Having Children: Since women can have children, it is often assumed that it is their biological destiny to procreate. Even with obvious problems of overpopulation, women are still expected to become pregnant and have their own children. This is so pervasive that women who don't want children are seen as abnormal. I have known since grade 5 that I would never have human children. I have received a range of responses including: "You'll change your mind.", "You'll regret it if you don't.", "Don't you want to be a grandparent?", "What if your husband wants them?", and "Who will take care of you when you get old?". All of these responses assume that the person talking to me knows more about my body than I do, which is funny, as I've had it for 21 years thank you very much. It also assigns a stigma that would not exist if I had children at the appropriate age with the appropriate person. There is no choice, only societal hell to pay if I want to fight to keep my body child free.
Getting Married: In high school I decided that I'd never meet the right guy and never get married. Even though I have, we're still not getting married because I disagree with the institution of marriage. This results in the stigmatized questions of: "Don't you want to buy a wedding dress?", "But he'll always be your boyfriend.", "Don't you want a big wedding?", "What about a wedding ring?", and "You'll regret it." Once again, this is not a choice. There are clearly values assigned to one side over the other. If it were a choice, no one would have any say or comment on what I did with my future.
Having Sex: There is a remarkably appropriate amount of sex to have, which I think is ridiculous. If someone thinks you have too little, you get responses like I do such as "Your boyfriend will leave you" and "I feel sorry for your boyfriend" (both of these came from people very very close to me). If you have too much, you're a slut. The reason this occurs is because women are expected to have a certain amount of sex. Too little and we're not fulfilling our "biological role" as women. Too much and we're spoiled goods, which is ridiculous considering women are not property! The idea of the slut is a herald back to a time when women were property and men didn't want to share. We're no longer property under the law, but we still are when it comes to sex. When we can specify any amount of partners we want without any shame, then it will be a choice we make as free individuals.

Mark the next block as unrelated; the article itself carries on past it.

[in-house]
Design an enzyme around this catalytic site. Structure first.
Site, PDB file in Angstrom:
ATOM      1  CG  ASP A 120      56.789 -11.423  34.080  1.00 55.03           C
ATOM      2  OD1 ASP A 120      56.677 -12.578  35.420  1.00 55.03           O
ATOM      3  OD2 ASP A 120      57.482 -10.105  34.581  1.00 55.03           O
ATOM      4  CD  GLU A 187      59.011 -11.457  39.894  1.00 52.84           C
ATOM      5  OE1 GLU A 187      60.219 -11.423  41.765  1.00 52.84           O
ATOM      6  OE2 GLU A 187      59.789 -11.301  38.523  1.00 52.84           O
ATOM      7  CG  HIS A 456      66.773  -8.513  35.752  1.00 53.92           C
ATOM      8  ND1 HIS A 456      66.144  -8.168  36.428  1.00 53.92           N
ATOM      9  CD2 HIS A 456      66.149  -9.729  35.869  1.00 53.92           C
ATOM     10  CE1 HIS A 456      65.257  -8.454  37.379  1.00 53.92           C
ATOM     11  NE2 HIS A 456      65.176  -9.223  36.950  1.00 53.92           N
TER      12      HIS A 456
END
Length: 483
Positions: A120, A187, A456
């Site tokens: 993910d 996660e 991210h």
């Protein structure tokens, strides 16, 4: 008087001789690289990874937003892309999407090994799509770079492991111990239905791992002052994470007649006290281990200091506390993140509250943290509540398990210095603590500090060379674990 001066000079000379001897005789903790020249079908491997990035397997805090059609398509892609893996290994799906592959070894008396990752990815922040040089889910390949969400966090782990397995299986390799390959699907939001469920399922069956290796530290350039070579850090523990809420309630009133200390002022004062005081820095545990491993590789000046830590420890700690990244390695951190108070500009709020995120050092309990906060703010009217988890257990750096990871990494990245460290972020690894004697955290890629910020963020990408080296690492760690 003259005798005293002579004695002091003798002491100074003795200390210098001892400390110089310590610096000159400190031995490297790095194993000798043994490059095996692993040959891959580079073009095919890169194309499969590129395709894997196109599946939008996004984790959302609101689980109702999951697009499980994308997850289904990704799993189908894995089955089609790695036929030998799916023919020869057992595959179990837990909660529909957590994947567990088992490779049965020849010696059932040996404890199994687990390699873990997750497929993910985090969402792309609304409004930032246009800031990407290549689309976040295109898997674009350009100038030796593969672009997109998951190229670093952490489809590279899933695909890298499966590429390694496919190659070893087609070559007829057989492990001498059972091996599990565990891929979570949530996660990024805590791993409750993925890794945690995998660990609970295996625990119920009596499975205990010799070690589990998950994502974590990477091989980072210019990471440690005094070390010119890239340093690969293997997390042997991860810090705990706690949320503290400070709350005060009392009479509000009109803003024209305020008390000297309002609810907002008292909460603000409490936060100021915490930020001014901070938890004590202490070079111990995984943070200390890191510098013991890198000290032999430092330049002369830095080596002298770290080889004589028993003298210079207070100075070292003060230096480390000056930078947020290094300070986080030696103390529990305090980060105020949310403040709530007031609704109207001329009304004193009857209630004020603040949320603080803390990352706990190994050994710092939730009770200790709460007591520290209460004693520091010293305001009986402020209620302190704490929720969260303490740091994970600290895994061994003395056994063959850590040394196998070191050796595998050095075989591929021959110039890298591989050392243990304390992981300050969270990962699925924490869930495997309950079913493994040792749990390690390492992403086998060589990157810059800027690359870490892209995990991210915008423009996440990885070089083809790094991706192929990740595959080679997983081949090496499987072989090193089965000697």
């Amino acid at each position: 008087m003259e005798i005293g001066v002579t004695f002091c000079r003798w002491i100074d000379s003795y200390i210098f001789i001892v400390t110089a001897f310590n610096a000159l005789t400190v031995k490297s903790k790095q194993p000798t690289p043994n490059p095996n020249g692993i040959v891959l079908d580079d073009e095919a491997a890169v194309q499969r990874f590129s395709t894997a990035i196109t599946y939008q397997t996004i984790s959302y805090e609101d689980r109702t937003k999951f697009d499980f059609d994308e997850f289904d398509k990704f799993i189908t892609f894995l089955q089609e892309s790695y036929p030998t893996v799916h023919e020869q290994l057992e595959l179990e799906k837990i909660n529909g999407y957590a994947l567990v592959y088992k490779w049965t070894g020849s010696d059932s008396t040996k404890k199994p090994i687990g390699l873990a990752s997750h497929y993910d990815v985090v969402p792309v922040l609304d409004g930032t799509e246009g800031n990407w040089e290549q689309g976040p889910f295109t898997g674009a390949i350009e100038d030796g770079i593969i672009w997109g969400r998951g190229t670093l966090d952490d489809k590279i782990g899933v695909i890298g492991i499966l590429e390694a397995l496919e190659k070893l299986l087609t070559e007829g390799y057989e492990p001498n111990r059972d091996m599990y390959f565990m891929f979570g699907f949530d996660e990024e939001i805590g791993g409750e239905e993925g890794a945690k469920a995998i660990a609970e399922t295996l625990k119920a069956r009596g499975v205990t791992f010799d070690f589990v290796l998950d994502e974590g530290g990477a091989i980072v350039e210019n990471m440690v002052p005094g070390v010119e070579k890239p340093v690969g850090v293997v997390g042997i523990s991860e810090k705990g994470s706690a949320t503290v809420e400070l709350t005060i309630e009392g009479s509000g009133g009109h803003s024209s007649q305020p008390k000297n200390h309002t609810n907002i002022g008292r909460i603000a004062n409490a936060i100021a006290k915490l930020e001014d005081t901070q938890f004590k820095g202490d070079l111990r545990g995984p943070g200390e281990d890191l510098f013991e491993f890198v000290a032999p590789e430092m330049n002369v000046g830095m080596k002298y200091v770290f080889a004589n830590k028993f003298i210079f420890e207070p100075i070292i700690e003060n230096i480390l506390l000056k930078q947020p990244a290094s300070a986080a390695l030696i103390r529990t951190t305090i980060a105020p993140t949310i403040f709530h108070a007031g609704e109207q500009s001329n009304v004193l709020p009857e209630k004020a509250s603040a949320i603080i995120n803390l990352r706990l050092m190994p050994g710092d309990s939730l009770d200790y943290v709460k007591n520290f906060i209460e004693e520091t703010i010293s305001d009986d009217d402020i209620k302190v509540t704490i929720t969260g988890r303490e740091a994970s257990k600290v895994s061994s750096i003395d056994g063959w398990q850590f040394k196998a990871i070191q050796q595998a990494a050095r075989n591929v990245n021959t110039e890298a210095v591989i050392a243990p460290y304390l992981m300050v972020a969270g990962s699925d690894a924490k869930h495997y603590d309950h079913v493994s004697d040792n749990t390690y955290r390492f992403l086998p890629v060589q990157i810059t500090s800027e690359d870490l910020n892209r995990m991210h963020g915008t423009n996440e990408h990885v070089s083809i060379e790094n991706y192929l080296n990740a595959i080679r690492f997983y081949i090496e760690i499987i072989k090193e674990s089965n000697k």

Shaving: Like your grass lawn, women are expected to be shaved. There are a lot of good reasons not to shave. Some of them include: not looking like a prepubescent girl and because it grows back so it's a waste of your very important time (read a book instead!). I shave every once in a while because of the awful stigma that comes from not shaving. Clementine Cannibal, an amazing person I was lucky enough to have a class with, tells a story on her blog about being beaten up at a show because she didn't shave her armpits. We have no choice in this matter, it's shave or get ready to defend yourself. That is not the choice of a free individual.
Wearing a bra: Women have breasts and are thus expected to wear bras, even if they are uncomfortable for some of us. The amount of stares or indecent comments a women can get simply because she is not wearing a bra is surprising. I remember a friend once called my professor a "hippie" and was disgusted that she wasn't wearing a bra. This brilliant woman with her PhD in a field I could never even get through because it would take so much math had suddenly become nothing more important than a woman without a bra. Every accomplishment in her life was reduced to nothing because she failed to put on a bra that day. It is not a choice.
There are countless examples of women not having a choice when society claims that we do. The "choice" we have is really only one option that society values and we must face the wrath of society if we do not pick it. Women should be free to look however we want, sleep with whoever we want, and do whatever we want, as long as it doesn't hurt anyone else in the process. Until we can, we still need feminism. Men need it too. We know they are not free either.